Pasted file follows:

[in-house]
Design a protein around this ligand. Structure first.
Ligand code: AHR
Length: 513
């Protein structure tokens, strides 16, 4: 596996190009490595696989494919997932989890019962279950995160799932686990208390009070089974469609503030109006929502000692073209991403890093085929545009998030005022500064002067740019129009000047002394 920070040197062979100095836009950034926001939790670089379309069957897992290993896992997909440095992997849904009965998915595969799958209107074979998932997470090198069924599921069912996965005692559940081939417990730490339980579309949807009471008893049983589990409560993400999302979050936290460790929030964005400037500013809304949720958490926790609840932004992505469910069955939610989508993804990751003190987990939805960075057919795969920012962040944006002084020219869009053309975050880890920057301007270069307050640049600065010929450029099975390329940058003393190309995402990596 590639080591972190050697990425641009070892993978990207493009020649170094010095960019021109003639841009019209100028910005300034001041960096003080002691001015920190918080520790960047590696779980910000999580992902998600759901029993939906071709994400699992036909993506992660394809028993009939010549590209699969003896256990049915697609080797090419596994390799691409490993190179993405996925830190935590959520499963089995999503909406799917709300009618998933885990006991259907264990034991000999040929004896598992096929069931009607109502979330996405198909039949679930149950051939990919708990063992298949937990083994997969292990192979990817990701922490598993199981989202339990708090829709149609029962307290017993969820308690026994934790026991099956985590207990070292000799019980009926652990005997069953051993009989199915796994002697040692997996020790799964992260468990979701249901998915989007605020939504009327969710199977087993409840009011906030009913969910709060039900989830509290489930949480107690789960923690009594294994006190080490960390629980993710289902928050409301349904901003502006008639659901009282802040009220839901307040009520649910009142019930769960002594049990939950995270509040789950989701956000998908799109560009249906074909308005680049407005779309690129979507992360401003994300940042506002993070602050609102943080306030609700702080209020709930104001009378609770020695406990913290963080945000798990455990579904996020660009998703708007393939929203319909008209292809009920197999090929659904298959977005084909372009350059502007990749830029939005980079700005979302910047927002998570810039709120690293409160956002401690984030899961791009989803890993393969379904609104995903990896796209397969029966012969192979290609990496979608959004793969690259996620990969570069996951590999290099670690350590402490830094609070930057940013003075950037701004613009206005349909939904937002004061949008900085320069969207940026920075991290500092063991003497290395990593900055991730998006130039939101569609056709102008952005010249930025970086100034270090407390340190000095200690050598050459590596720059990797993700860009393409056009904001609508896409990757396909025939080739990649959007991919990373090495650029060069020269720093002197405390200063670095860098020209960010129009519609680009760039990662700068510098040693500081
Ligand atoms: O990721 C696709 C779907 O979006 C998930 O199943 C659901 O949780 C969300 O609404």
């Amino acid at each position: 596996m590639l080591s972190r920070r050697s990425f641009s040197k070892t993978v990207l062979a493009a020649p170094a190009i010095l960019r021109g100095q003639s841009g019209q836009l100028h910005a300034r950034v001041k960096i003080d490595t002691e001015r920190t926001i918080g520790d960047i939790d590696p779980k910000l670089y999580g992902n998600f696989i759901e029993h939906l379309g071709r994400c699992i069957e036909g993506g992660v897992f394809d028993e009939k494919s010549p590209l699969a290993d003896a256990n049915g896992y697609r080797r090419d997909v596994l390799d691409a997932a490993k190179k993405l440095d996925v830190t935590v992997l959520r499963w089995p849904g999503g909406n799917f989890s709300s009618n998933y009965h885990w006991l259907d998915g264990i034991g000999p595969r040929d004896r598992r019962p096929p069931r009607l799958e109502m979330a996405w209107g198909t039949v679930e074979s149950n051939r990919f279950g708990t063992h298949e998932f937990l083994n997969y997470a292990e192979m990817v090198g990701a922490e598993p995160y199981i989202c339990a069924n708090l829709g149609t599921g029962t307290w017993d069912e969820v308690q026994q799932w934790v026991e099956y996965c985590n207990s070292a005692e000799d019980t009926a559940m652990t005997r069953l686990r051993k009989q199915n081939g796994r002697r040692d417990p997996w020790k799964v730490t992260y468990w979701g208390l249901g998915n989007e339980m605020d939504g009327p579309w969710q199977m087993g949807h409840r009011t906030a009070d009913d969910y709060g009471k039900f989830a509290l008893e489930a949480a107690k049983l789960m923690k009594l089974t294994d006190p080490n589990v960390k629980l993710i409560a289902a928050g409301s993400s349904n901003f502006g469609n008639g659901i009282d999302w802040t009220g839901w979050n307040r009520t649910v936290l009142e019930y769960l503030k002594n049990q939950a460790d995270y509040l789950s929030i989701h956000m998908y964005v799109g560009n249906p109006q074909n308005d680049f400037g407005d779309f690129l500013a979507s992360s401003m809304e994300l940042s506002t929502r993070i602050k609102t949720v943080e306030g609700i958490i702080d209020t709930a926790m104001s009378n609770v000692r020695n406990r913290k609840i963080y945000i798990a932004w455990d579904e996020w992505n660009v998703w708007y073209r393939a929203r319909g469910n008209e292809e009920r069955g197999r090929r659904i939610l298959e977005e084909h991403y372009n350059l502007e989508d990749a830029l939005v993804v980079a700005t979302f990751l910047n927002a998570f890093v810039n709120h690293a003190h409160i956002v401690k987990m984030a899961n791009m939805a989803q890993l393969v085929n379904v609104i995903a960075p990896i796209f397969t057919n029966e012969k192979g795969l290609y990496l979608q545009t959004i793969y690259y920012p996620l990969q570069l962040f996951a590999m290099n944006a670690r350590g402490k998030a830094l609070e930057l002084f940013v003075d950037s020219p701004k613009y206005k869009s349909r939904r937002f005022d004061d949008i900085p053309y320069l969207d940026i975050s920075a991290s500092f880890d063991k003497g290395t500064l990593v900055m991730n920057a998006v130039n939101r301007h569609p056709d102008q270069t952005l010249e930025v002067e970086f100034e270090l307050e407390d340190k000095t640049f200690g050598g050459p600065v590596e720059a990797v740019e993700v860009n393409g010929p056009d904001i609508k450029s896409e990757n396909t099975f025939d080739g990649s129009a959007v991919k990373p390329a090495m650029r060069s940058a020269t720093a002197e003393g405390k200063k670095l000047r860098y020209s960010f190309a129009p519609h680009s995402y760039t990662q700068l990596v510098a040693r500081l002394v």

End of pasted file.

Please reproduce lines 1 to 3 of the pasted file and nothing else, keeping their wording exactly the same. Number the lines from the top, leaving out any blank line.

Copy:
[in-house]
Design a protein around this ligand. Structure first.
Ligand code: AHR